Del. Mark D. Sickles (D-Fairfax), seated right, gets a standing ovation after an emotional speech on a bill relating to religious objections to same-sex marriage at the Capitol in Richmond on Feb. 16. (Steve Helber/AP)

The Virginia House passed a bill Tuesday that would prohibit the government from punishing people and businesses who discriminate against same-sex couples, transgender individuals and those who have sex outside marriage.

Supporters say the Government Nondiscrimination Act is needed to protect what they call religious freedom in the face of shifting cultural attitudes toward gay rights and the legalization of gay marriage. Opponents say it’s a “license to discriminate,” with broad-reaching consequences.

The bill passed the Republican-controlled chamber 56 to 41, with seven Republican members voting “no,” two not voting and one absent. Although the vote is a win for the socially conservative wing of the party, the fact that some Republicans voted against it reflects a divide within the Republican Party in Virginia and the nation.

Before the vote, Del. Mark D. Sickles (D-Fairfax), who is openly gay, gave an emotional floor speech urging his colleagues to consider the sweep of history before they cast a vote that will stay with them for the rest of their lives.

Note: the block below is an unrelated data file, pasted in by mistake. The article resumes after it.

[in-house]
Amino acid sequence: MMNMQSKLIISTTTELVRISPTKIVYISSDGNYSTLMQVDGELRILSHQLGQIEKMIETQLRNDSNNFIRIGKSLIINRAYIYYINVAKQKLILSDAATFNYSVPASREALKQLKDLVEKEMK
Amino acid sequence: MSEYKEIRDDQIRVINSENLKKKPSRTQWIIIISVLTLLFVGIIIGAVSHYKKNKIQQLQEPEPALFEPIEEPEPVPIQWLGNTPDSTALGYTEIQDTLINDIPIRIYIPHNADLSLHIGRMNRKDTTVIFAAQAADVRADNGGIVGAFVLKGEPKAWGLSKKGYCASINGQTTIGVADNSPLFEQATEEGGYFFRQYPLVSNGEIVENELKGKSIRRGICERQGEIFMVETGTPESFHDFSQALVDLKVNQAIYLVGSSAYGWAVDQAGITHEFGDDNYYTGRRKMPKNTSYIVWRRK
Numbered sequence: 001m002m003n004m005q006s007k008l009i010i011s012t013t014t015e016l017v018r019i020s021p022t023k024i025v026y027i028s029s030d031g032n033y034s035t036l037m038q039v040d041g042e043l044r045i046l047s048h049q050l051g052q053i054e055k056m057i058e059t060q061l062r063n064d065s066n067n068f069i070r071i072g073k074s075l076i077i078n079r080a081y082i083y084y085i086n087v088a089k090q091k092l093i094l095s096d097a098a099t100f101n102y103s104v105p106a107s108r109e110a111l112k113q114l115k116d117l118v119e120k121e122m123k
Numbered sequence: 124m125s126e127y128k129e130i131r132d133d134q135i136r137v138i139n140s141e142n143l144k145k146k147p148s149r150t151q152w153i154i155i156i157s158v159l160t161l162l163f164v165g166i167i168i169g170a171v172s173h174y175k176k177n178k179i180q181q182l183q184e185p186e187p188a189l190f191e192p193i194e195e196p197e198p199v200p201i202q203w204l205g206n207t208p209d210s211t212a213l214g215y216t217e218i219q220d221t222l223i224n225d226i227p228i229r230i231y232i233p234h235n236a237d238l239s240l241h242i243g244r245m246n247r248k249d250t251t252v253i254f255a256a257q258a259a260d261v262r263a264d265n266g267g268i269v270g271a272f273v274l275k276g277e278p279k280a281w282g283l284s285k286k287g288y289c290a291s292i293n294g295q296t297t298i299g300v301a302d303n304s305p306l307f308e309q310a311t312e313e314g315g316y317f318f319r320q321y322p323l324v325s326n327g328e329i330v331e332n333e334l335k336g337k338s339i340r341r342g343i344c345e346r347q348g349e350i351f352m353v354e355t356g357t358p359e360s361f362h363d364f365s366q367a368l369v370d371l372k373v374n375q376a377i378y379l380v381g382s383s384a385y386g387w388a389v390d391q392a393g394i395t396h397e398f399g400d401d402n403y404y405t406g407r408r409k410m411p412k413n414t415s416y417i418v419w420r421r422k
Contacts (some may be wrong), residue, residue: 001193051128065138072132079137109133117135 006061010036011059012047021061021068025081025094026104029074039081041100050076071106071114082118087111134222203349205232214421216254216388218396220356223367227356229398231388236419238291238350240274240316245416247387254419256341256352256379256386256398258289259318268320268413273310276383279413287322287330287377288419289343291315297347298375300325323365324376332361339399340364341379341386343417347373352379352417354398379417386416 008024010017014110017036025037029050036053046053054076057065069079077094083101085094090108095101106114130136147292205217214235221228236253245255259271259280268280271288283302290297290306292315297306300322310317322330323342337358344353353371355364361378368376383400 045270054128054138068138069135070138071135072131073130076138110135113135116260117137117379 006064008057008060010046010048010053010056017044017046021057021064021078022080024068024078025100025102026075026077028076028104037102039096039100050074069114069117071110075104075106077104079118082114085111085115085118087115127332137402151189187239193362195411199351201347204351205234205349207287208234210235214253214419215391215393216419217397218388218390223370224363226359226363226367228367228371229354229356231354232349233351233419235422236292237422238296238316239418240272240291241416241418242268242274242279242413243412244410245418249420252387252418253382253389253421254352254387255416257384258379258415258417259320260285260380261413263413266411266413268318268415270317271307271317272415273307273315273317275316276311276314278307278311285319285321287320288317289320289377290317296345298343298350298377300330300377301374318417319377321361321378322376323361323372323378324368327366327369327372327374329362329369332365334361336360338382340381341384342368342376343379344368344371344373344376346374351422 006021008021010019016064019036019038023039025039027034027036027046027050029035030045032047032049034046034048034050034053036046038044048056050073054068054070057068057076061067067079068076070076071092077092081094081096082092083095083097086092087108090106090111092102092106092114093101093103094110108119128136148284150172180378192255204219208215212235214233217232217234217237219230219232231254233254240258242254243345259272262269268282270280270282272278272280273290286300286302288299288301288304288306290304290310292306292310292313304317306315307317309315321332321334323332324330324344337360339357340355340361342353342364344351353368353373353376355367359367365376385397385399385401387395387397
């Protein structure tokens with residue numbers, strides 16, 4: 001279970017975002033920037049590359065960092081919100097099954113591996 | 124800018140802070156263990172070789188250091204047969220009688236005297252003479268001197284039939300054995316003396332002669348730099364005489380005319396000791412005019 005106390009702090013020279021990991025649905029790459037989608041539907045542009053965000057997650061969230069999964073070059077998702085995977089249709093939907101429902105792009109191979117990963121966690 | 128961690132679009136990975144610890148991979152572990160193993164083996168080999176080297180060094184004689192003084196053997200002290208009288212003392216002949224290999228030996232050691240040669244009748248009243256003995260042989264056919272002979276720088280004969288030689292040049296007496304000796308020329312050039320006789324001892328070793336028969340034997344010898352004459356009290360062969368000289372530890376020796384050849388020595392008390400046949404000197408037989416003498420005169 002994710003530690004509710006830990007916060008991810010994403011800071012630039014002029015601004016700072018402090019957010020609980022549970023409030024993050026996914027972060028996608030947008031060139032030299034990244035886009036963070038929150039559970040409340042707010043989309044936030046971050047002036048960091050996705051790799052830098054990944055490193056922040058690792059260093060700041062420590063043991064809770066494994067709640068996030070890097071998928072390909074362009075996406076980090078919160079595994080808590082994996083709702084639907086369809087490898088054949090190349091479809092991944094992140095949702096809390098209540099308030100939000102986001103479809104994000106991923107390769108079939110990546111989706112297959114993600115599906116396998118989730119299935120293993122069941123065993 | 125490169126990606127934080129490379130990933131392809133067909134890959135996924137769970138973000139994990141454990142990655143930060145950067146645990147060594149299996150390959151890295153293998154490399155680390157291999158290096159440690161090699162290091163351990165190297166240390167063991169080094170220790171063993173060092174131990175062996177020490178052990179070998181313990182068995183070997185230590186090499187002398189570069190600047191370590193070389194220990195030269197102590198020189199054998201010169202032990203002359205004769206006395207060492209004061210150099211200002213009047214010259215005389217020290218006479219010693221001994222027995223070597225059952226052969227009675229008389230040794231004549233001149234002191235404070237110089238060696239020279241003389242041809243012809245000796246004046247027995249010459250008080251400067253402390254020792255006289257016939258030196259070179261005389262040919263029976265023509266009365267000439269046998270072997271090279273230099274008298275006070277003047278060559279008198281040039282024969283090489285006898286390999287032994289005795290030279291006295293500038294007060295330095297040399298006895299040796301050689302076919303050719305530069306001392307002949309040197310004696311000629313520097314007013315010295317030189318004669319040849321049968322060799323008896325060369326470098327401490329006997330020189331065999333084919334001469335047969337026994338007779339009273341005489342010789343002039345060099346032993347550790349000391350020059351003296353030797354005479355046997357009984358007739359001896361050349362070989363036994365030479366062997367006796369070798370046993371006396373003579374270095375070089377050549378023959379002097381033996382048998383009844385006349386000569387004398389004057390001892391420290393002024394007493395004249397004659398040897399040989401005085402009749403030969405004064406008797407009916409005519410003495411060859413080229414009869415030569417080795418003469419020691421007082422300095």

“You’ll have to excuse me for taking this bill a little personally,” he said.

Gov. Terry McAuliffe (D) has said he would veto the measure if it passes the Senate and reaches his desk. But, Sickles said, “Your kids will be looking back at what you do today and how you vote on this bill.”

He went on to read from the program of Equality Virginia’s annual dinner, noting prominent businesses and political donors that support gay rights, including utility giant Dominion, whose ad trumpeted the “power of diversity,” and Lutheran Family Services.

He received a standing ovation from House Democrats.

The bill’s sponsor, Del. C. Todd Gilbert (R-Shenandoah), defended the bill, which he said would provide reasonable accommodation for deeply held religious beliefs.

“We find ourselves constantly under attack by the shifting cultural winds . . . that blow against us,” Gilbert said.

Gay rights activists are not satisfied with equality, he said, “and they will not be satisfied until people of faith are driven out of this discourse. They want us driven out.”

At Gilbert’s urging, some of his colleagues clapped and stood for him, as well.

Under the bill, an individual, corporation, partnership, association, trust, society or any other legal or commercial entity can cite religious belief in defense of its opposition to gay couples, transgender people or unmarried couples without fear of losing tax benefits, grants, contracts, loans, scholarships, certification, accreditation or jobs. There are exceptions for hospitals making decisions about visitation or emergency medical treatment.